• Ball Toss Race: This game requires hand-eye coordination and is best for older grades who are looking for a challenge. To make it even more difficult, add more balls such as a basketball that you have to bounce or a soccer ball that you have to pass with your feet.

Classroom– Having indoor recess in a classroom is one of the most common locations, and it offers tons of opportunities for play! Be sure to keep your noise level in mind, especially if there are surrounding classrooms who are learning during your recess.

  • Huckle Buckle Beanstalk: This game is a hit across all grade levels. All you need is a small object to hide and a class who is ready to have some fun!
  • Four Corners: Considering that this is a silent game, this is a top pick for classrooms that need to be cognisant of noise level. And with no equipment necessary, this is a remarkably easy game to jump right into and for Junior Coaches to lead!
  • Silent Ball: As you can tell by the name of this game, it is also a completely silent game which makes it awesome to play in a classroom. To add a physical challenge, have everyone in the class complete 10 jumping jacks every time the ball is dropped or someone makes a noise.
  • Group Count: This game works best with older students, and is challenging to complete. Encourage students to use positive language and come up with a strategy to be successful!
  • Bob the Bunny: Be careful or this song will be stuck in your head forever. Bob the Bunny is a game perfect for younger students, and is played with all players sitting in a circle, making it perfect for smaller classrooms in which movement is challenging.

Gym– A gym offers tons of opportunities for rigorous physical activity during indoor recess, and most closely replicates what your outdoor space probably looks like. Be sure to utilize the big open space with lots of physically active games!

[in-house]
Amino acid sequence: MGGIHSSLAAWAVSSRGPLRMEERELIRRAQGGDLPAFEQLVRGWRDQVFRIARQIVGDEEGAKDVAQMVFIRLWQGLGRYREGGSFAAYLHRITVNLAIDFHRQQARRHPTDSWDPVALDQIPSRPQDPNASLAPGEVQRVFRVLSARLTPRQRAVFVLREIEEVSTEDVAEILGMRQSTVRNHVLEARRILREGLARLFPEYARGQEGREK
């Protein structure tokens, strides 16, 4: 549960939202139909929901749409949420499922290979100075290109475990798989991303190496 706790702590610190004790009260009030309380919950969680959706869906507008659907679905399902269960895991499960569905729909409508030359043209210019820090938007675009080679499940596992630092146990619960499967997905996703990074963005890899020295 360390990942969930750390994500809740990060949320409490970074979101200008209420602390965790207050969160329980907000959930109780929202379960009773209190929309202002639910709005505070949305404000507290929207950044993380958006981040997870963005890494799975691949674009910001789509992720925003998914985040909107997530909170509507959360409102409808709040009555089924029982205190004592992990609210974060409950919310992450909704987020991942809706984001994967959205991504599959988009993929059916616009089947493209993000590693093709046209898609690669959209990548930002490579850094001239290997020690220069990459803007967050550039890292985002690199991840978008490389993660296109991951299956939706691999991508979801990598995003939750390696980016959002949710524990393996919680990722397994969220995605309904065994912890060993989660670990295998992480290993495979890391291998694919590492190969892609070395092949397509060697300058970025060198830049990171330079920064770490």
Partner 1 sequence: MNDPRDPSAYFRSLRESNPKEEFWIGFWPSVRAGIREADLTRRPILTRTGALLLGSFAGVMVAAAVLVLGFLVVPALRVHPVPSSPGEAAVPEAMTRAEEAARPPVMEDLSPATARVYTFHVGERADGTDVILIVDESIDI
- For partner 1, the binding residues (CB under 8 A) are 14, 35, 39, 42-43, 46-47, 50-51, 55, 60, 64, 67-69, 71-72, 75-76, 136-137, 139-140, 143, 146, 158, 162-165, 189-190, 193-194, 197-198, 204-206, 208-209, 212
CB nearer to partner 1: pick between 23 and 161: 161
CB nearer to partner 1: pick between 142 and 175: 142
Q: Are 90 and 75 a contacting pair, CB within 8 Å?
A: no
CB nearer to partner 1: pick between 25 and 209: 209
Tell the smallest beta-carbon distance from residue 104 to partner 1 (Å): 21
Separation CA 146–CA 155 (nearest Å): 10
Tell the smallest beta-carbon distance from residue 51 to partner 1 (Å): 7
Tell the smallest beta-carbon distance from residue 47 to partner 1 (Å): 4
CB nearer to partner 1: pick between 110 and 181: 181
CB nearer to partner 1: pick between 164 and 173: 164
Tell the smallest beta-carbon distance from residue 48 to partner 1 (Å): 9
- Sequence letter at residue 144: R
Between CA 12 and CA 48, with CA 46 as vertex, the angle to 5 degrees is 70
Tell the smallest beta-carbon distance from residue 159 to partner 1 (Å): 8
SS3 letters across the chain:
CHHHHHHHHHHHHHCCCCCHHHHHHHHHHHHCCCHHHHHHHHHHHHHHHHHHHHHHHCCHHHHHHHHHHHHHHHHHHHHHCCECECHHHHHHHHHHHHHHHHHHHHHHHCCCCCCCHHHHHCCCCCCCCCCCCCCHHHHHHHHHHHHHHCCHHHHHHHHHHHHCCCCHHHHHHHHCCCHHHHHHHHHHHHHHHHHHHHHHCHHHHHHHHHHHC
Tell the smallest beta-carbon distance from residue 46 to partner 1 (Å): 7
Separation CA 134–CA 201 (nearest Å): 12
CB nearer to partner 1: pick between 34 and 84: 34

• Clean Your Room: This is an awesome, high-energy game that younger students absolutely love. For an added challenge, do a couple rounds in which students can’t use their hands!
  • Four-Square: Take a classic outdoor recess game inside! Use some tape or pre-existing lines to create a four-square court in the gym, grab a playground ball, and start playing!
  • Sneak: This strategic and physically active team game is perfect for older students who want a challenge. Sneak is a slightly harder version of Capture the Flag, and can easily be played outside in a large field as well.
  • Hula Hoops/Jump Ropes: Having this equipment available during indoor recess is a great idea for students who prefer solo activites, and you can get competitive with it by holding a jump rope or hula hoop contest.
  • Spud: With a large group of students who want a new twist on a dodgeball-type game, try out Spud! Remind students to only throw the ball waists and below to keep everyone safe.

Hallway– While having recess in a hallway sounds challenging, there are tons of awesome games that you can play in this space.

  • Land, Sea, Air: Turn this game into a competition through elimination, or make it more physically active by letting students do jumping jacks to get back in. The only equipment needed is a line on the floor, which can be found in most hallways already, or can be easily created with a piece of tape or jump rope.
  • Maze Game: The Maze Game is a strategic game perfect for older students in a small space. For added fun, pick a student to be the new maze creator and hop in the game yourself!
  • Switch: This game will best work in a wide hallway with a little more space to move around, and is a great way to bring a core outdoor recess game inside. To be safe in a smaller space, consider using a different mode of movement other than running, such as “fire feet” or hopping.
  • Relay Races: Allow students to get creative and set up relay races! Hallways are perfect places to do this as they are long and narrow, which gives two (or more!) teams the perfect set-up to compete against each other.
  • Snowball Alley: As a new twist on a dodgeball game, Snowball Alley will be a new way to get students engaged and excited during indoor recess!

There are so many games that are available for all different kinds of spaces during indoor recess. Try some of these out, and make sure that your students can experience the power of play no matter where recess takes place!

If you’re an educator in Rhode Island and want to learn more about how to make your indoor recess awesome, join us for Active Indoor Recess Week from February 7-11! Learn more and sign up here.